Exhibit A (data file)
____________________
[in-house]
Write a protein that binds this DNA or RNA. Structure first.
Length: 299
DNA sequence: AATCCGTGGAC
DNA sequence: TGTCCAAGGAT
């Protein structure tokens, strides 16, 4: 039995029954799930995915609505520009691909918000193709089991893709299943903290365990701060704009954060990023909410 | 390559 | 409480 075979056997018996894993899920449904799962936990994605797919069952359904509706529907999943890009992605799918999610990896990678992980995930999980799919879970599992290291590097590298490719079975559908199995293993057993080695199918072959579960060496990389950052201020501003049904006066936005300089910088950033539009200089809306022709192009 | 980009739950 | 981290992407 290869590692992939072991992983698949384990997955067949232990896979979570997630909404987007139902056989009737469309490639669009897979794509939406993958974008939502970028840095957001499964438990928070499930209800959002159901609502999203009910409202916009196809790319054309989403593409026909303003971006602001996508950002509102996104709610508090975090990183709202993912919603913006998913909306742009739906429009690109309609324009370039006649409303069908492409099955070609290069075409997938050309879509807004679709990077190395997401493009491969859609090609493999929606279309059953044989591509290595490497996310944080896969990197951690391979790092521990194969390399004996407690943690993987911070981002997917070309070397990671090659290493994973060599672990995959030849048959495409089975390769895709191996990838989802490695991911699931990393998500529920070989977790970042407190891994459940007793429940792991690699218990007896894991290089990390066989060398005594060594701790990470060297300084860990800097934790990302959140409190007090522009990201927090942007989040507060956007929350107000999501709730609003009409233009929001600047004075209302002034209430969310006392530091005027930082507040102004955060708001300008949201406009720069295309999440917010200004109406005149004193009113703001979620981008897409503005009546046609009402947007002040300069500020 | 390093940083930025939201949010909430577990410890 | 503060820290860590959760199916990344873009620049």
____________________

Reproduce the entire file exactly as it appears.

[in-house]
Write a protein that binds this DNA or RNA. Structure first.
Length: 299
DNA sequence: AATCCGTGGAC
DNA sequence: TGTCCAAGGAT
């Protein structure tokens, strides 16, 4: 039995029954799930995915609505520009691909918000193709089991893709299943903290365990701060704009954060990023909410 | 390559 | 409480 075979056997018996894993899920449904799962936990994605797919069952359904509706529907999943890009992605799918999610990896990678992980995930999980799919879970599992290291590097590298490719079975559908199995293993057993080695199918072959579960060496990389950052201020501003049904006066936005300089910088950033539009200089809306022709192009 | 980009739950 | 981290992407 290869590692992939072991992983698949384990997955067949232990896979979570997630909404987007139902056989009737469309490639669009897979794509939406993958974008939502970028840095957001499964438990928070499930209800959002159901609502999203009910409202916009196809790319054309989403593409026909303003971006602001996508950002509102996104709610508090975090990183709202993912919603913006998913909306742009739906429009690109309609324009370039006649409303069908492409099955070609290069075409997938050309879509807004679709990077190395997401493009491969859609090609493999929606279309059953044989591509290595490497996310944080896969990197951690391979790092521990194969390399004996407690943690993987911070981002997917070309070397990671090659290493994973060599672990995959030849048959495409089975390769895709191996990838989802490695991911699931990393998500529920070989977790970042407190891994459940007793429940792991690699218990007896894991290089990390066989060398005594060594701790990470060297300084860990800097934790990302959140409190007090522009990201927090942007989040507060956007929350107000999501709730609003009409233009929001600047004075209302002034209430969310006392530091005027930082507040102004955060708001300008949201406009720069295309999440917010200004109406005149004193009113703001979620981008897409503005009546046609009402947007002040300069500020 | 390093940083930025939201949010909430577990410890 | 503060820290860590959760199916990344873009620049």